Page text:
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Kosovo: four years of independence

, by Ardita Osmanaj

Kosovo is a relatively small country when compared with other European and neighbouring countries as it is just 10,878 km² and has two million inhabitants, but despite its size it has big aspirations. On 17 February Kosovo celebrated its fourth anniversary of the independence, which was an important date and made Kosovo feel as happy as a small child, a child that needs to be taken care of by its leaders and needs assistance from other strong and modern countries around the world to guide it down the right path and towards European integration.

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On Kosovo’s fourth anniversary of independence, there were dignified celebrations without any incidents, and even though she was provoked, she held her ground on this special day. Kosovo was recognized by yet another country, Uganda, which is now the 88th state to recognise Kosovo’s independence.

What is also important to mention is that in 2012 citizens and leaders of Kosovo are willing and are working hard to help their country move towards European integration. Kosovo has shown progress in this area and is officially set begin the necessary dialogue over visa liberalization. Kosovo now has its own roadmap and knows exactly what needs to be done in order to walk straight down the blue road of European Integration.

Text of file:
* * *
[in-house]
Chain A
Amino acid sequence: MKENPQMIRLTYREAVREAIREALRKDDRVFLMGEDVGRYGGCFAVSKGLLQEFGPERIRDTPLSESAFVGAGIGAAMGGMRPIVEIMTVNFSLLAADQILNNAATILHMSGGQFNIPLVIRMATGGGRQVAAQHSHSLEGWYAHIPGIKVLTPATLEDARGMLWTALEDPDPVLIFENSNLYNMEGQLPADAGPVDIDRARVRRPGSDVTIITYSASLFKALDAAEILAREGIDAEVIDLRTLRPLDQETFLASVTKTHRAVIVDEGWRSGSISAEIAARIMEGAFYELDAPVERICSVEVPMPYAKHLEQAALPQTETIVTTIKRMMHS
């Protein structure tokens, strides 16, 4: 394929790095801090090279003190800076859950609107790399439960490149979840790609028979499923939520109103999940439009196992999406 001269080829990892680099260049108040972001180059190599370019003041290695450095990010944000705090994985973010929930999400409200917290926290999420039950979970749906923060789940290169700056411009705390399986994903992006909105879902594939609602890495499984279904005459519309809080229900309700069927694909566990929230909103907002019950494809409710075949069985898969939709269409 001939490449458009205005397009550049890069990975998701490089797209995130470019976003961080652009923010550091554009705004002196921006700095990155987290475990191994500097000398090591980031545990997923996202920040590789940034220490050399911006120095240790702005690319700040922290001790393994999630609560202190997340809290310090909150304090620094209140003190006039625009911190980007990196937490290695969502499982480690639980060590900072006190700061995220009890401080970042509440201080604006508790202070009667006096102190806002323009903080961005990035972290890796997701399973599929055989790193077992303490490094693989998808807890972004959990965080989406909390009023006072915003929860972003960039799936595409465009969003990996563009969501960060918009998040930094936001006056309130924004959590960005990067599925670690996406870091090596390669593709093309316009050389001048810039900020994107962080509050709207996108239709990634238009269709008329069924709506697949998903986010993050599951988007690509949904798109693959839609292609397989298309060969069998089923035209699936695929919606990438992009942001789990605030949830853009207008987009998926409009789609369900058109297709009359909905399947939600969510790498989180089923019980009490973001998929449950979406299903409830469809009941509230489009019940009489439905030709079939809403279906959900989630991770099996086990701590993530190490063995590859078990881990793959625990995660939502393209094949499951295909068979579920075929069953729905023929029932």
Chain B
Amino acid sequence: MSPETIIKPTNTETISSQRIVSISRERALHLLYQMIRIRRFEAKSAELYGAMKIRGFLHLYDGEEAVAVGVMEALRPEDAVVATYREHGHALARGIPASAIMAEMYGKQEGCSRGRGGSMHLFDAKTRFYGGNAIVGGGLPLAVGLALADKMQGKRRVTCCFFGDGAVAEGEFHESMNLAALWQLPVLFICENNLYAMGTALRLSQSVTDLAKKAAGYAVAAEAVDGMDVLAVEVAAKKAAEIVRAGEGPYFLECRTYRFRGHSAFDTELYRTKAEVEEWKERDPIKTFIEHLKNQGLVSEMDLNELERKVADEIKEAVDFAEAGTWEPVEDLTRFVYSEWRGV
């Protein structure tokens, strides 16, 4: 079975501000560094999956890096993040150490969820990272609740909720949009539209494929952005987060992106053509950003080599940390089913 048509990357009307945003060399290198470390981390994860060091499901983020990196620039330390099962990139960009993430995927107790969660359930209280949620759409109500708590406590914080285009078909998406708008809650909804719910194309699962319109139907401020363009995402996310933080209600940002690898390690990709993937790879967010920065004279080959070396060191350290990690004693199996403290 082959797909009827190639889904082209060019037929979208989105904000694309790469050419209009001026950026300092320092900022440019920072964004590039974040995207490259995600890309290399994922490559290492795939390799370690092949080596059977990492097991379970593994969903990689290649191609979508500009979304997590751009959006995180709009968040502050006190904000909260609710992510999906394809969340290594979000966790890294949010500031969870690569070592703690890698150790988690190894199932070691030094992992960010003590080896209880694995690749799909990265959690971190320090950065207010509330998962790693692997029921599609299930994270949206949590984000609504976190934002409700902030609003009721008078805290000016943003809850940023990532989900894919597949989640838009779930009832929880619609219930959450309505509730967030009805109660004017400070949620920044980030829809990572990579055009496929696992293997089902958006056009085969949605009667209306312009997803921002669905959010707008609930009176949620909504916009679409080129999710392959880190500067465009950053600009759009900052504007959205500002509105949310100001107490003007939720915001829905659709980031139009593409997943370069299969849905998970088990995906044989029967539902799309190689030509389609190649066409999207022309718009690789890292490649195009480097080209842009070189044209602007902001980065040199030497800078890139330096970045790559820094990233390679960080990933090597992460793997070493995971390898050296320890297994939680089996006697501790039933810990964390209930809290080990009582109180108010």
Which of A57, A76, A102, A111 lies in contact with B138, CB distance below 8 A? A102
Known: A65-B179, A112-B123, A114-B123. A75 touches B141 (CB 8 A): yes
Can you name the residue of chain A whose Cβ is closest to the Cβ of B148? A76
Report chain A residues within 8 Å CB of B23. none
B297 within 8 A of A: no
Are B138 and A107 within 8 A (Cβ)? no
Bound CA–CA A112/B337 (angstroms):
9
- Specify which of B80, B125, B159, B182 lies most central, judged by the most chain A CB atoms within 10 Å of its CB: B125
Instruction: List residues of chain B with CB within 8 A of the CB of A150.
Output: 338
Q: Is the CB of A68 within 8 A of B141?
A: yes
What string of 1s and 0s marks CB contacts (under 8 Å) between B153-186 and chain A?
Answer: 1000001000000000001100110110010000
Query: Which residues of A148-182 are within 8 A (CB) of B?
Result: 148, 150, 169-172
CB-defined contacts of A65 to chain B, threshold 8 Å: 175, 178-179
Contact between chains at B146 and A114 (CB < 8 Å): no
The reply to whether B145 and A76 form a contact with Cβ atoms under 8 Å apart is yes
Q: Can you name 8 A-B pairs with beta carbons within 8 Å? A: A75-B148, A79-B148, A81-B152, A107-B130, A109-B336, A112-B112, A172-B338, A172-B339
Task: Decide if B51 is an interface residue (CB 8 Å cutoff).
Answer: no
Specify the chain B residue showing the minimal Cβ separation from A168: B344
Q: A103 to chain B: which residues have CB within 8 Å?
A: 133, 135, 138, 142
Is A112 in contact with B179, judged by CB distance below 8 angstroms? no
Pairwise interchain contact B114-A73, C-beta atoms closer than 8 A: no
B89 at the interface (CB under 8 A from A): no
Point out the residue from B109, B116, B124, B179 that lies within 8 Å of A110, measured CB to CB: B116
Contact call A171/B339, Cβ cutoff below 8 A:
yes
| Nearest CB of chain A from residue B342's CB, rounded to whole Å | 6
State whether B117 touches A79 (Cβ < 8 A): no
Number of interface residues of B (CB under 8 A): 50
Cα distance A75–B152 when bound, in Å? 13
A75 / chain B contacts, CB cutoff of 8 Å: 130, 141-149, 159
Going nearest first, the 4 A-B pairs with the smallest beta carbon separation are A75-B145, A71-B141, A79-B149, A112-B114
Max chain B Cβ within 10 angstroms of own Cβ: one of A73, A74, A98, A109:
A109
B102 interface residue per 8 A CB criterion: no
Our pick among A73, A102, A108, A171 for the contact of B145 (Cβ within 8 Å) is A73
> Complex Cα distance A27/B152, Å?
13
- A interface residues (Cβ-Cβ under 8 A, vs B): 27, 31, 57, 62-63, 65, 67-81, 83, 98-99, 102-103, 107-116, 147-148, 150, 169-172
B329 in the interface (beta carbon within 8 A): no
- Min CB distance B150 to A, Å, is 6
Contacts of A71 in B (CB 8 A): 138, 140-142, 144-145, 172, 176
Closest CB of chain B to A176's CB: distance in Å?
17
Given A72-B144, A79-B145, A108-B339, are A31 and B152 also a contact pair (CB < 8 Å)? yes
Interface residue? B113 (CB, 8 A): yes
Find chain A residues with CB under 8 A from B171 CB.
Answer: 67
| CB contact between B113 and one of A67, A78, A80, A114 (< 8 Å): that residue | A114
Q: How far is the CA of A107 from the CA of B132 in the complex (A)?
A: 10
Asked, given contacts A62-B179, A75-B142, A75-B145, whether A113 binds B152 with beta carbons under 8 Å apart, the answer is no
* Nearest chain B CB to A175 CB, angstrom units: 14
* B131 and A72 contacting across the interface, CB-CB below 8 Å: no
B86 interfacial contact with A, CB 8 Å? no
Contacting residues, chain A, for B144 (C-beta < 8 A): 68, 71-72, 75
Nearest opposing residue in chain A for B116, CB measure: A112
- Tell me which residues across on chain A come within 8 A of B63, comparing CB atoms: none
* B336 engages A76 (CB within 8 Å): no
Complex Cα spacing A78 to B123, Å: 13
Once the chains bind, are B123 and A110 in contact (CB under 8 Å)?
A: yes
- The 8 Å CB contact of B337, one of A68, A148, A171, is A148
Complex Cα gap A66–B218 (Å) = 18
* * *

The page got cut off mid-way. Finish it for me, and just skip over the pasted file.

A few months before, Kosovo was criticized in a progress report but amazingly those critics didn’t disappoint Kosovan citizens, but it made them open their eyes, contribute and make improvements in all fields where they were criticized.

As in other countries, in Kosovo we also have the government and the opposition which knows how to contradict each other from time to time - let’s face it, it’s their job - even on Kosovo’s independence day, but the aim of both sides is to do what’s best for the country and their citizens and citizens also know when and how to appreciate the progress of their local institutions and of course they also know how to “punish” them when the progress made is not as much as expected.

Neighbourly relations are always very important to national, regional and international stability, but seen this time and therefore it is the biggest priority of our leaders to stabilise relations with neighbouring states. The agreement between Kosovo and Serbia, something that the international community has proudly presented as a great achievement, and the fact that Kosovo will be represented with a footnote (Kosovo*), which implies territorial of Kosovo as part of resolution 1244, but at the same time as an independent state, where obviously such a thing that opens the door for Kosovo to be shown as a country with full rights in conferences, agreements and important meeting in region, Europe and everywhere in the world, and it gives a strong effect on representing the state of Kosovo.